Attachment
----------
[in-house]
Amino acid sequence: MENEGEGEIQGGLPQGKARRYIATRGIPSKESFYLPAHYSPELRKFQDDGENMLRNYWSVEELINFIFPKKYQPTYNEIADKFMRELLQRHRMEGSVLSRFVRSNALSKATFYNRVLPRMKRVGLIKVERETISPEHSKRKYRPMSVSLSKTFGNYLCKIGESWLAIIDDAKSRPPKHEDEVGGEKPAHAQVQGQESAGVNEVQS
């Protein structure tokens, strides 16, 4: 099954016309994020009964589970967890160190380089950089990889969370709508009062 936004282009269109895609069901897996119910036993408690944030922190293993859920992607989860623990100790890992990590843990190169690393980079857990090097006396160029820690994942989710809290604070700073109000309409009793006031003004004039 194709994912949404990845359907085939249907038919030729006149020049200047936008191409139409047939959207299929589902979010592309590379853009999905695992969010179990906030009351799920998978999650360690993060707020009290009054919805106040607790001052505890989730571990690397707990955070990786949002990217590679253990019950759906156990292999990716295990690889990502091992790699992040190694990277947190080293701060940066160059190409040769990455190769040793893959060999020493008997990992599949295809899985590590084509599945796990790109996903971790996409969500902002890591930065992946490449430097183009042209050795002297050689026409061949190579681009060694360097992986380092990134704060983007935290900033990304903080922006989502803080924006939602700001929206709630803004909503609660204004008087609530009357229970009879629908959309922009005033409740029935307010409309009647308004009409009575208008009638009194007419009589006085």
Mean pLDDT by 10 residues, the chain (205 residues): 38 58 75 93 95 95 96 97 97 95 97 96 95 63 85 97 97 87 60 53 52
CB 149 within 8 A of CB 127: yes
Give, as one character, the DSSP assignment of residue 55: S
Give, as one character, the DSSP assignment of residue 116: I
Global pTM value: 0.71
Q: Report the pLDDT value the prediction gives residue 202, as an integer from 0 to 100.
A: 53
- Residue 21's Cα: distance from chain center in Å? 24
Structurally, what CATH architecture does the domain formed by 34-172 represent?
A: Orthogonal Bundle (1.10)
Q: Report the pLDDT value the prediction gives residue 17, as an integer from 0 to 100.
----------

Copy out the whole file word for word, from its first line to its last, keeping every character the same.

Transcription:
[in-house]
Amino acid sequence: MENEGEGEIQGGLPQGKARRYIATRGIPSKESFYLPAHYSPELRKFQDDGENMLRNYWSVEELINFIFPKKYQPTYNEIADKFMRELLQRHRMEGSVLSRFVRSNALSKATFYNRVLPRMKRVGLIKVERETISPEHSKRKYRPMSVSLSKTFGNYLCKIGESWLAIIDDAKSRPPKHEDEVGGEKPAHAQVQGQESAGVNEVQS
């Protein structure tokens, strides 16, 4: 099954016309994020009964589970967890160190380089950089990889969370709508009062 936004282009269109895609069901897996119910036993408690944030922190293993859920992607989860623990100790890992990590843990190169690393980079857990090097006396160029820690994942989710809290604070700073109000309409009793006031003004004039 194709994912949404990845359907085939249907038919030729006149020049200047936008191409139409047939959207299929589902979010592309590379853009999905695992969010179990906030009351799920998978999650360690993060707020009290009054919805106040607790001052505890989730571990690397707990955070990786949002990217590679253990019950759906156990292999990716295990690889990502091992790699992040190694990277947190080293701060940066160059190409040769990455190769040793893959060999020493008997990992599949295809899985590590084509599945796990790109996903971790996409969500902002890591930065992946490449430097183009042209050795002297050689026409061949190579681009060694360097992986380092990134704060983007935290900033990304903080922006989502803080924006939602700001929206709630803004909503609660204004008087609530009357229970009879629908959309922009005033409740029935307010409309009647308004009409009575208008009638009194007419009589006085």
Mean pLDDT by 10 residues, the chain (205 residues): 38 58 75 93 95 95 96 97 97 95 97 96 95 63 85 97 97 87 60 53 52
CB 149 within 8 A of CB 127: yes
Give, as one character, the DSSP assignment of residue 55: S
Give, as one character, the DSSP assignment of residue 116: I
Global pTM value: 0.71
Q: Report the pLDDT value the prediction gives residue 202, as an integer from 0 to 100.
A: 53
- Residue 21's Cα: distance from chain center in Å? 24
Structurally, what CATH architecture does the domain formed by 34-172 represent?
A: Orthogonal Bundle (1.10)
Q: Report the pLDDT value the prediction gives residue 17, as an integer from 0 to 100.